Saline Board of Education Elects for Flexibility On Capping Out-of-District Students
The Saline Area Schools Board of Education voted to amend Policy 5113 at its final October meeting Tuesday night, adding language solidifying a measure of flexibility for the superintendent to “strive to” keep School of Choice enrollment in the district around 10 percent
“Prior to 2018 our policies were under the umbrella of the Michigan Association of School Boards and in 2018 moved to the Neola platform,” according to agenda notes from the previous October board meeting. Neola is an organization that helps school districts set policy. “At the time there were policies that did not move over to Neola and were considered rescinded by the board.”
Tuesday night’s action was an attempt to patch the hole created by the switch.
The item was on the agenda only as a second reading, but the board voted on the matter after Trustee Susan Estep asked that they do since the proposed language did not change after discussion.
It passed 5-1-0, as Secretary Jenny Miller was absent. Trustee Tim Austin represented the solo negative vote.
Austin took issue with the flexibility of the language in the amendment, advocating for a hard cap of 10 percent, a cap that existed for several years before the switch to Neola.
He proposed adding a requirement that SAS cease taking on students from outside the district if the annual percentage of School of Choice enrollment exceeds 10 percent. Out of district enrollment could proceed the following year if the number dipped below that. He also said School of Choice students already enrolled in the district should not lose their place if the cap ever were to exceed 10 percent, which other trustees agreed with.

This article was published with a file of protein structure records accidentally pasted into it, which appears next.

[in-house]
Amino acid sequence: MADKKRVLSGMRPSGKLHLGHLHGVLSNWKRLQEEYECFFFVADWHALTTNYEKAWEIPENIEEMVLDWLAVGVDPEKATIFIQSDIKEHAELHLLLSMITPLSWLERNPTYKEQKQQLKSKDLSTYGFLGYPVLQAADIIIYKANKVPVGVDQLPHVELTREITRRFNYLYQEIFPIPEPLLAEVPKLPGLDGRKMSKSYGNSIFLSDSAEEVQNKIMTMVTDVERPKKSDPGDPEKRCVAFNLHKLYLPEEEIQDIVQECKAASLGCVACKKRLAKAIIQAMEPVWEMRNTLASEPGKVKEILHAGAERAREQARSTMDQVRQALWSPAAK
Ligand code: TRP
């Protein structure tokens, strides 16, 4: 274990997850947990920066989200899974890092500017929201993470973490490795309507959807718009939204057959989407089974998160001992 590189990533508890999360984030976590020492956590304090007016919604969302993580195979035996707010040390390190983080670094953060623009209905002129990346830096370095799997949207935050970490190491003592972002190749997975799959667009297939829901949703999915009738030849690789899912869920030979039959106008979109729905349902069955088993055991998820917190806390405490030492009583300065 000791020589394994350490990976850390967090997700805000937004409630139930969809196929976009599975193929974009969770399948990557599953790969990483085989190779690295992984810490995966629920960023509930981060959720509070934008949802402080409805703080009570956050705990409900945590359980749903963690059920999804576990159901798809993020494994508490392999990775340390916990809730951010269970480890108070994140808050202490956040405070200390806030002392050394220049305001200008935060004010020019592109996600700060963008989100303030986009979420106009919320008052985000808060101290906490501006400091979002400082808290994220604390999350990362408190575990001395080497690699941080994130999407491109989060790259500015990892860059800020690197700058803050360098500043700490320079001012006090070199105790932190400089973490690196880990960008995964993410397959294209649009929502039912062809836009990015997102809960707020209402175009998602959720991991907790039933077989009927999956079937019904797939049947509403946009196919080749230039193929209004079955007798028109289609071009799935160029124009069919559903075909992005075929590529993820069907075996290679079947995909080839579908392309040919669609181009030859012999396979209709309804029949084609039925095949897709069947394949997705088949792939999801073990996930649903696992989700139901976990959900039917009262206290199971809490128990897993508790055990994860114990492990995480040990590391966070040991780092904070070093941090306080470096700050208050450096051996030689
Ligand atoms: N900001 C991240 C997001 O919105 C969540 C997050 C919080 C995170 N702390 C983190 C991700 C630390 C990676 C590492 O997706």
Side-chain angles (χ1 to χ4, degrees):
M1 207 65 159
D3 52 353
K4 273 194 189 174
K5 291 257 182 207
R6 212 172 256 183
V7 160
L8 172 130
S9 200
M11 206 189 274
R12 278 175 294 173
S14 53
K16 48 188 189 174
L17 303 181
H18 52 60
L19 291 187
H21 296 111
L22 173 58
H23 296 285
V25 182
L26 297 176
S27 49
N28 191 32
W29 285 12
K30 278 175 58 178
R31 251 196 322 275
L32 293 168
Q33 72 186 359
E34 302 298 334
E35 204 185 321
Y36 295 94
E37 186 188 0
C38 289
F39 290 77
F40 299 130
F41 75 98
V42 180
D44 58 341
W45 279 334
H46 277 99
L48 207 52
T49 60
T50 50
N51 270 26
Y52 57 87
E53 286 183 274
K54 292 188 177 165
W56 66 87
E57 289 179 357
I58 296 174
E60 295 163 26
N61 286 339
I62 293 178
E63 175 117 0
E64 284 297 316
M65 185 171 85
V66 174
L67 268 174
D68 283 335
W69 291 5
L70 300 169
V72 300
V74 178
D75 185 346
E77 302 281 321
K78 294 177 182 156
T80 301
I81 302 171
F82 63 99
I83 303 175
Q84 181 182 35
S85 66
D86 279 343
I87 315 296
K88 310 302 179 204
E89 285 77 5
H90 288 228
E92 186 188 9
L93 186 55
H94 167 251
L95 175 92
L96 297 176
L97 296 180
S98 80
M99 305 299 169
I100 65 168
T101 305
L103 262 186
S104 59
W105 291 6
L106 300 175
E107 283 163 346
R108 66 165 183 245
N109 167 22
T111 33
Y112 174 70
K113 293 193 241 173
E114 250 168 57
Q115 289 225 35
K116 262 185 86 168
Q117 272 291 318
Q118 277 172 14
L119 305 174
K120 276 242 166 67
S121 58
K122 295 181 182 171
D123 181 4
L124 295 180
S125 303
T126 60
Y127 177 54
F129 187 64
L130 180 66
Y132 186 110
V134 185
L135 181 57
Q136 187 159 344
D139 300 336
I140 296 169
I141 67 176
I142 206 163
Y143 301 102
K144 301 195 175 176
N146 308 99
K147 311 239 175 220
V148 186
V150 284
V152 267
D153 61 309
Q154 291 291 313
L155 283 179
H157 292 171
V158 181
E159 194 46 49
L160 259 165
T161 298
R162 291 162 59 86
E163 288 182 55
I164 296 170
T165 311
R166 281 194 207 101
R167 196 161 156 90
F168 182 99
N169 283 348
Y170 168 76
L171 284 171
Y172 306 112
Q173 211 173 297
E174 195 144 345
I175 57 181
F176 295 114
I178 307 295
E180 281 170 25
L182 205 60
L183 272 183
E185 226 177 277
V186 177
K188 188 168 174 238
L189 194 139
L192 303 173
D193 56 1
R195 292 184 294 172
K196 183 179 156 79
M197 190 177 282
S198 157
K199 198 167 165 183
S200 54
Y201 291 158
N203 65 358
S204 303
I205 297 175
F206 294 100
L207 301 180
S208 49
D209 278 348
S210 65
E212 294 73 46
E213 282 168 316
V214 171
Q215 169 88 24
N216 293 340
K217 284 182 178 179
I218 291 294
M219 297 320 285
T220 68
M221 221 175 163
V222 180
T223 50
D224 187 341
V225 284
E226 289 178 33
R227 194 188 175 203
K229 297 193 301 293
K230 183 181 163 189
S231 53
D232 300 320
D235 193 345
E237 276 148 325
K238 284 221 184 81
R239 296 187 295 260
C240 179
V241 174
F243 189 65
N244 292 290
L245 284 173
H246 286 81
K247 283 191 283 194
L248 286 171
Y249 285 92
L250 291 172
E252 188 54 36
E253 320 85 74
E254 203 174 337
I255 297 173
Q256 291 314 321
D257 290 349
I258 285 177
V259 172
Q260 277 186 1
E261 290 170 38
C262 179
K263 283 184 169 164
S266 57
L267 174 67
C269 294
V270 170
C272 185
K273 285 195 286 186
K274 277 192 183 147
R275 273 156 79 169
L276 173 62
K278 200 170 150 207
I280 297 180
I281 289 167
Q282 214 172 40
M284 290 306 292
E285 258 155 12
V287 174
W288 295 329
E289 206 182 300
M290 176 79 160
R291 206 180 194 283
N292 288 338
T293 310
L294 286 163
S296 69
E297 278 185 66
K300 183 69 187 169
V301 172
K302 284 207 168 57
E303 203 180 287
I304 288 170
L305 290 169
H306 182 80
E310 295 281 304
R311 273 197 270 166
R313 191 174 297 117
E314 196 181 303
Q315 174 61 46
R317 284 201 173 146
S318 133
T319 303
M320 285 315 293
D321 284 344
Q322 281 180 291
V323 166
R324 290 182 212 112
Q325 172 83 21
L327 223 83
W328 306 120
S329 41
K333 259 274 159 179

“These, I think, are important to have in there versus the word ‘strive,’” Austin said. “There’s some wiggle room in this but yet it helps give us some teeth to the administrative guidelines so we as a board understand what we should vote for and what we shouldn’t vote for, as well as still protecting the School of Choice students that are here.”
Board President Michael McVey assured Austin that they were on the same page in allowing existing School of Choice students to finish their educations in Saline no matter what happens with future enrollment, but said it will be up to the board of education every year to make sure the superintendent is sticking to the obligation of keeping out of district enrollment to approximately 10 percent.
“That’s sort of what number E already says, that the superintendent is responsible for developing the administrative guidelines to suit that,” he said.
McVey questioned if Austin was suggesting closing the School of Choice program for a year if enrollment exceeded 10 percent to which Austin said he was.
“That’s where you’ve lost me,” McVey said. “If we’re over, then the next year we just aim for under so we always have in this district around 10 percent.”
Superintendent Steve Laatsch said he felt Austin’s example was fairly clear.
“The current situation is we’re at like 10.4 percent,” Laatsch said. He gave an example that if 50 students graduated leaving School of Choice enrollment at 9.7 percent of the total population, under Austin’s proposal they might only be able to take around half the number of students, which differs from the current practice. “Therefore in me guessing what enrollment would be next year, we could take 20 or 30 students but we wouldn’t be able to take the normal 70, which is sort of traditionally what we take, between 60 and 70. Because if we did take that normal amount we’d get over 10 percent.”
Trustee Lauren Gold said she was in favor of the “strive to” language as written because a strict cap might detract families from pursuing School of Choice for their oldest child not knowing if their younger siblings will make the cut later on.
“I think that’s always a little bit of a risk, but this seems like it will make it even a bigger risk,” she said.
Treasurer Brad Gerbe said he also was in favor of the language as proposed, since it is line with the way Laatsch currently operates.
“To me this language supports him and what he’s already doing,” he said.
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